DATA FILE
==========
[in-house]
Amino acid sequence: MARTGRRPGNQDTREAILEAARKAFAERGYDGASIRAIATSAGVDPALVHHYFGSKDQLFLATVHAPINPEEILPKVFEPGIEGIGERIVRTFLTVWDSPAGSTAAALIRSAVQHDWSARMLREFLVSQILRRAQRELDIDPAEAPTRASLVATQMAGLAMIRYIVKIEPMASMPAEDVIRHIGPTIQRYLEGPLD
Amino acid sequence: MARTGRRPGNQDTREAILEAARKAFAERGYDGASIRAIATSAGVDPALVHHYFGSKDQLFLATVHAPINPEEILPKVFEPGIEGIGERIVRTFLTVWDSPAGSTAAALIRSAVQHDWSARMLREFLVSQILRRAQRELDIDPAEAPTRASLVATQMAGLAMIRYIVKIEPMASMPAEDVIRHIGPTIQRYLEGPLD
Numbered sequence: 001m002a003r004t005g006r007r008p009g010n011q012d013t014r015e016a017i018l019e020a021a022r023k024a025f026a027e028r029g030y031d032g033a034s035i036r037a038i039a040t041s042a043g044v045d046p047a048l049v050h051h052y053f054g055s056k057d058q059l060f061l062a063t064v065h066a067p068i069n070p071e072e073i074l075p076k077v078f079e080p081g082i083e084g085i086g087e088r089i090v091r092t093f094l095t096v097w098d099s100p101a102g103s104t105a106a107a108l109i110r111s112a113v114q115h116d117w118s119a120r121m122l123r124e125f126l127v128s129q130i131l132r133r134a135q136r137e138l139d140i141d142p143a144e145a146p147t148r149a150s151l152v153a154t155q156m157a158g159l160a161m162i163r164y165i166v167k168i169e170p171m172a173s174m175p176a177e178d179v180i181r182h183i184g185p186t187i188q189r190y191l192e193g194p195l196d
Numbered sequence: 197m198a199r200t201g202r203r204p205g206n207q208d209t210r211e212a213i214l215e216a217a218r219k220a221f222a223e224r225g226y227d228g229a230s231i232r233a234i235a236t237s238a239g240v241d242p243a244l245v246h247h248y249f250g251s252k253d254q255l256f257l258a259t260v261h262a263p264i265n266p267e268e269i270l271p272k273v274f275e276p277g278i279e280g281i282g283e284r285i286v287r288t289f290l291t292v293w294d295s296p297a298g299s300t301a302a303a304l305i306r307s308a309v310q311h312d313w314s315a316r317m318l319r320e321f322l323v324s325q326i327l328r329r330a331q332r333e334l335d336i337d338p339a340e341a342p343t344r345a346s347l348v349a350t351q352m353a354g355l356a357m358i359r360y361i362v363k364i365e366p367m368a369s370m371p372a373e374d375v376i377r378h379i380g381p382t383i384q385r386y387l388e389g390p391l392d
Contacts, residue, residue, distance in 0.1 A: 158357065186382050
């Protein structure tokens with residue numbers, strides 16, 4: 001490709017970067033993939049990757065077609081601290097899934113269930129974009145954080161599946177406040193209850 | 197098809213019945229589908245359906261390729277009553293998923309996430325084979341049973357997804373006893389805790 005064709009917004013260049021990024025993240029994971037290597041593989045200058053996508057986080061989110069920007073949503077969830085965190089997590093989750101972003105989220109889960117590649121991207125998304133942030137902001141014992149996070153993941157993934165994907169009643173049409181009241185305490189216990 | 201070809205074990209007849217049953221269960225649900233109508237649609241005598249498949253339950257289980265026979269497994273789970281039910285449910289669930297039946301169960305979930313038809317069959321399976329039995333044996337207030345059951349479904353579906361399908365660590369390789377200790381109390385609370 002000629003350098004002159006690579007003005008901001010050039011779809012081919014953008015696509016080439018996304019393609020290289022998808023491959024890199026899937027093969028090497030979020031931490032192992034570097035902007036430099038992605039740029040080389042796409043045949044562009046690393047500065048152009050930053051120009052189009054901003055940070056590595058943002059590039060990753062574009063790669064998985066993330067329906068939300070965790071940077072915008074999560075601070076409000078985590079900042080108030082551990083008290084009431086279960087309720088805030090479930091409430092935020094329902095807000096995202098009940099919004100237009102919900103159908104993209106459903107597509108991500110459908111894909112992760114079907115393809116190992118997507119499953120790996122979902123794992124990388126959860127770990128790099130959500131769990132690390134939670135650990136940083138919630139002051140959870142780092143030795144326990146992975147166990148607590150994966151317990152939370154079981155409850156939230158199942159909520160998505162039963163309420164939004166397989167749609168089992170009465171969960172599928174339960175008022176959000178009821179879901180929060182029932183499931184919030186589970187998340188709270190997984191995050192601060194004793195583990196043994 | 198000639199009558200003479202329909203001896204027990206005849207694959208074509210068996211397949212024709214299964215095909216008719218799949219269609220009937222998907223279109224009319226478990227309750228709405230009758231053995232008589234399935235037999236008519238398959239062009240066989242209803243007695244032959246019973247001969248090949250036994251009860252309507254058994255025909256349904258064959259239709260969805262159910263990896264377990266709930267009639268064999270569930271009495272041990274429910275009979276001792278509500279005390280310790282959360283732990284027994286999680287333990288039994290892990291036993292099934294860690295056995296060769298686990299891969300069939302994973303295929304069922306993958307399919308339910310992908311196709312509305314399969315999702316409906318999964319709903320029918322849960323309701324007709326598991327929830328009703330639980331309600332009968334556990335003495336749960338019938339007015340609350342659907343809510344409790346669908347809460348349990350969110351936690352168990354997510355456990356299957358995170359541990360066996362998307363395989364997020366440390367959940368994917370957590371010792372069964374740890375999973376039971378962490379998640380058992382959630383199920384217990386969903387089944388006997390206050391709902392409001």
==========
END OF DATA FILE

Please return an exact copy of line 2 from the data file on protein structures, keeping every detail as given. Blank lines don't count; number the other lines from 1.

Amino acid sequence: MARTGRRPGNQDTREAILEAARKAFAERGYDGASIRAIATSAGVDPALVHHYFGSKDQLFLATVHAPINPEEILPKVFEPGIEGIGERIVRTFLTVWDSPAGSTAAALIRSAVQHDWSARMLREFLVSQILRRAQRELDIDPAEAPTRASLVATQMAGLAMIRYIVKIEPMASMPAEDVIRHIGPTIQRYLEGPLD